Leyboff has insisted on the absolute necessity of rest during pregnancy, as well for the sake of the woman herself as the burden she carries, and shows the evil results which follow when rest is neglected. Railway traveling, horse-riding, bicycling, and sea-voyages are also, Leyboff believes, liable to be injurious to the course of pregnancy. Leyboff recognizes the difficulties which procreating women are placed under by present industrial conditions, and concludes that "it is urgently necessary to prevent women, by law, from working during the last three months of pregnancy; that in every district there should be a maternity fund; that during this enforced rest a woman should receive the same salary as during work." He adds that the children of unmarried mothers should be cared for by the State, that there should be an eight-hours' day for all workers, and that no children under sixteen should be allowed to work (E. Leyboff, L'Hygiene de la Grossesse, These de Paris, 1905).

Perruc states that at least two months' rest before confinement should be made compulsory, and that during this period the woman should receive an indemnity regulated by the State. He is of opinion that it should take the form of compulsory assurance, to which the worker, the employer, and the State alike contributed (Perruc, Assistance aux Femmes Enceintes, These de Paris, 1905).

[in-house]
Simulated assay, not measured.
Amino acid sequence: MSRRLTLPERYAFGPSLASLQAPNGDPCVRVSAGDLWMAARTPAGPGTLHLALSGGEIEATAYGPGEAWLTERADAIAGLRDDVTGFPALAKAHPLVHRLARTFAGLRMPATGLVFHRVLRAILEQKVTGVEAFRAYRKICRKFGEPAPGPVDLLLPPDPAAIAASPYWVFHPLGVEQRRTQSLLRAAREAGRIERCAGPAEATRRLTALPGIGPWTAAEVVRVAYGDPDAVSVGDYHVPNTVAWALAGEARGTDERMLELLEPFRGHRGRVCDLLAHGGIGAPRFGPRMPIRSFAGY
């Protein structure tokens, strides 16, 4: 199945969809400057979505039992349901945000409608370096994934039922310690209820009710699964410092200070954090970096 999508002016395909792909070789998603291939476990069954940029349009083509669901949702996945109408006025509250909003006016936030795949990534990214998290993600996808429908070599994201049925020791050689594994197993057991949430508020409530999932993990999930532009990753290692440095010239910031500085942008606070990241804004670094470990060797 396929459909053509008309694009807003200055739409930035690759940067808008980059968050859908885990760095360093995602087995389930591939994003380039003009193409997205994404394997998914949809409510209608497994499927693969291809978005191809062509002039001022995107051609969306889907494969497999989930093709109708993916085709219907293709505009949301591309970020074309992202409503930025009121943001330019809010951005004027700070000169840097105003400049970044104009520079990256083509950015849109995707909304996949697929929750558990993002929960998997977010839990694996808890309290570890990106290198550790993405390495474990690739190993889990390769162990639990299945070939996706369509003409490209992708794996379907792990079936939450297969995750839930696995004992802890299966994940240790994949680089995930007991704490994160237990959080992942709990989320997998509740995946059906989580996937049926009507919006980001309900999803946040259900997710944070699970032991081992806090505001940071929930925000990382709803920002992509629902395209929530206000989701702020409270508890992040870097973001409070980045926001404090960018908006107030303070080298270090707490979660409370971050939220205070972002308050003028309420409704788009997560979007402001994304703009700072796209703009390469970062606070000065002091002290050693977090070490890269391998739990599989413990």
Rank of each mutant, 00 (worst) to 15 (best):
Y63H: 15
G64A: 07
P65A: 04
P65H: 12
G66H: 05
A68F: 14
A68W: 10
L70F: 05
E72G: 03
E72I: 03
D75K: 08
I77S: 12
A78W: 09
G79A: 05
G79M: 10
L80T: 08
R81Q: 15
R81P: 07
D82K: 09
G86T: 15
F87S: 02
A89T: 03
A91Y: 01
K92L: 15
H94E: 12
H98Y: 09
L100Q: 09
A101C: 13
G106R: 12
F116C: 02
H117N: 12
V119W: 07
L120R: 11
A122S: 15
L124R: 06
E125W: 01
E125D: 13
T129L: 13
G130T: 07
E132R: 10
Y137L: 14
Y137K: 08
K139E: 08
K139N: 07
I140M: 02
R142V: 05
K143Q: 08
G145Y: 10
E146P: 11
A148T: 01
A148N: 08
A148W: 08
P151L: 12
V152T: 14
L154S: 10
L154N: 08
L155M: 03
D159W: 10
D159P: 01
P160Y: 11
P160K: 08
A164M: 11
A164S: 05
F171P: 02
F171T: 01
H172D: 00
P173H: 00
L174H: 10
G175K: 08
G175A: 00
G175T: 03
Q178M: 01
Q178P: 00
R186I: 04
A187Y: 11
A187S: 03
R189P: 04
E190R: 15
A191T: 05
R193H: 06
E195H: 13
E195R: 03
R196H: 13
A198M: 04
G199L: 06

It is probable that during the earlier months of pregnancy, work, if not excessively heavy and exhausting, has little or no bad effect; thus Bacchimont (Documents pour servir a l'Histoire de la Puericulture Intra-uterine, These de Paris, 1898) found that, while there was a great gain in the weight of children of mothers who had rested for three months, there was no corresponding gain in the children of those mothers who had rested for longer periods. It is during the last three months that freedom, repose, the cessation of the obligatory routine of employment become necessary. This is the opinion of Pinard, the chief authority on this matter. Many, however, fearing that economic and industrial conditions render so long a period of rest too difficult of practical attainment, are, with Clappier and G. Newman, content to demand two months as a minimum; Salvat only asks for one month's rest before confinement, the woman, whether married or not, receiving a pecuniary indemnity during this period, with medical care and drugs free. Ballantyne (Manual of Antenatal Pathology: The Foetus, p. 475), as well as Niven, also asks only for one month's compulsory rest during pregnancy, with indemnity. Arthur Helme, however, taking a more comprehensive view of all the factors involved, concludes in a valuable paper on "The Unborn Child: Its Care and Its Rights" (British Medical Journal, Aug. 24, 1907), "The important thing would be to prohibit pregnant women from going to work at all, and it is as important from the standpoint of the child that this prohibition should include the early as the late months of pregnancy."